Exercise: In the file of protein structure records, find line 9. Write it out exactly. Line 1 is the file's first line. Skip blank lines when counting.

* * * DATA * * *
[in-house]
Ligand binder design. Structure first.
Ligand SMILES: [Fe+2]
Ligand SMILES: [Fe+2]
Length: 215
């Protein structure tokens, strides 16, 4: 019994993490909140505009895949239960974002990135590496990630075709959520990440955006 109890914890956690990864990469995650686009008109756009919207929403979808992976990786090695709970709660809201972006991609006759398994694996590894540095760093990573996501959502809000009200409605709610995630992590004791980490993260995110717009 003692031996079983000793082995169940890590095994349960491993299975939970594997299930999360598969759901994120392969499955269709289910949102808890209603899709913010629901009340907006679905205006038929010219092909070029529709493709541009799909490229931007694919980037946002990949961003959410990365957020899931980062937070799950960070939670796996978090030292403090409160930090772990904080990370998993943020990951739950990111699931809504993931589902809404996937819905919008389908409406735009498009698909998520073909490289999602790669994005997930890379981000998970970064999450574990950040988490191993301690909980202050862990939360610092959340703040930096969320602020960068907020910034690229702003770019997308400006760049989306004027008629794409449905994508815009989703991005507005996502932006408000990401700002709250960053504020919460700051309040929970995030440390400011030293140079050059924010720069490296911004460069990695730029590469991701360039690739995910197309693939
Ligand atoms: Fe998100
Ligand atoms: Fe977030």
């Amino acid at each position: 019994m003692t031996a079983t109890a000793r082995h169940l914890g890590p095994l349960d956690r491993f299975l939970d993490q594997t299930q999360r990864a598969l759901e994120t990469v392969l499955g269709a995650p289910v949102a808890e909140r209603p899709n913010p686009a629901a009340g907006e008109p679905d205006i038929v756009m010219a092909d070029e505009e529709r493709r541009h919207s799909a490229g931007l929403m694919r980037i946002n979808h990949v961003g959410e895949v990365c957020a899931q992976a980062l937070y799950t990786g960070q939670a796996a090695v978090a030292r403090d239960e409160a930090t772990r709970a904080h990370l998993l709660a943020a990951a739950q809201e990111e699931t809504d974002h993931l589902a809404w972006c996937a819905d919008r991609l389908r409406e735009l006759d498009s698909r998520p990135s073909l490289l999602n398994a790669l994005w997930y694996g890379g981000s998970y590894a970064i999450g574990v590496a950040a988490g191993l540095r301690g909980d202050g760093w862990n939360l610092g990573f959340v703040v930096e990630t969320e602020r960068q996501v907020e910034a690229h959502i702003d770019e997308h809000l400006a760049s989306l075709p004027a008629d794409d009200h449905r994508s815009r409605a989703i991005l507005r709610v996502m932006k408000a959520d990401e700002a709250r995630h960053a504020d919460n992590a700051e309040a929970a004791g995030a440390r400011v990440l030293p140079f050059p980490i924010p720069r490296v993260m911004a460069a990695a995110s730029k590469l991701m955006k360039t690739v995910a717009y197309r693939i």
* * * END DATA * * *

């Amino acid at each position: 019994m003692t031996a079983t109890a000793r082995h169940l914890g890590p095994l349960d956690r491993f299975l939970d993490q594997t299930q999360r990864a598969l759901e994120t990469v392969l499955g269709a995650p289910v949102a808890e909140r209603p899709n913010p686009a629901a009340g907006e008109p679905d205006i038929v756009m010219a092909d070029e505009e529709r493709r541009h919207s799909a490229g931007l929403m694919r980037i946002n979808h990949v961003g959410e895949v990365c957020a899931q992976a980062l937070y799950t990786g960070q939670a796996a090695v978090a030292r403090d239960e409160a930090t772990r709970a904080h990370l998993l709660a943020a990951a739950q809201e990111e699931t809504d974002h993931l589902a809404w972006c996937a819905d919008r991609l389908r409406e735009l006759d498009s698909r998520p990135s073909l490289l999602n398994a790669l994005w997930y694996g890379g981000s998970y590894a970064i999450g574990v590496a950040a988490g191993l540095r301690g909980d202050g760093w862990n939360l610092g990573f959340v703040v930096e990630t969320e602020r960068q996501v907020e910034a690229h959502i702003d770019e997308h809000l400006a760049s989306l075709p004027a008629d794409d009200h449905r994508s815009r409605a989703i991005l507005r709610v996502m932006k408000a959520d990401e700002a709250r995630h960053a504020d919460n992590a700051e309040a929970a004791g995030a440390r400011v990440l030293p140079f050059p980490i924010p720069r490296v993260m911004a460069a990695a995110s730029k590469l991701m955006k360039t690739v995910a717009y197309r693939i």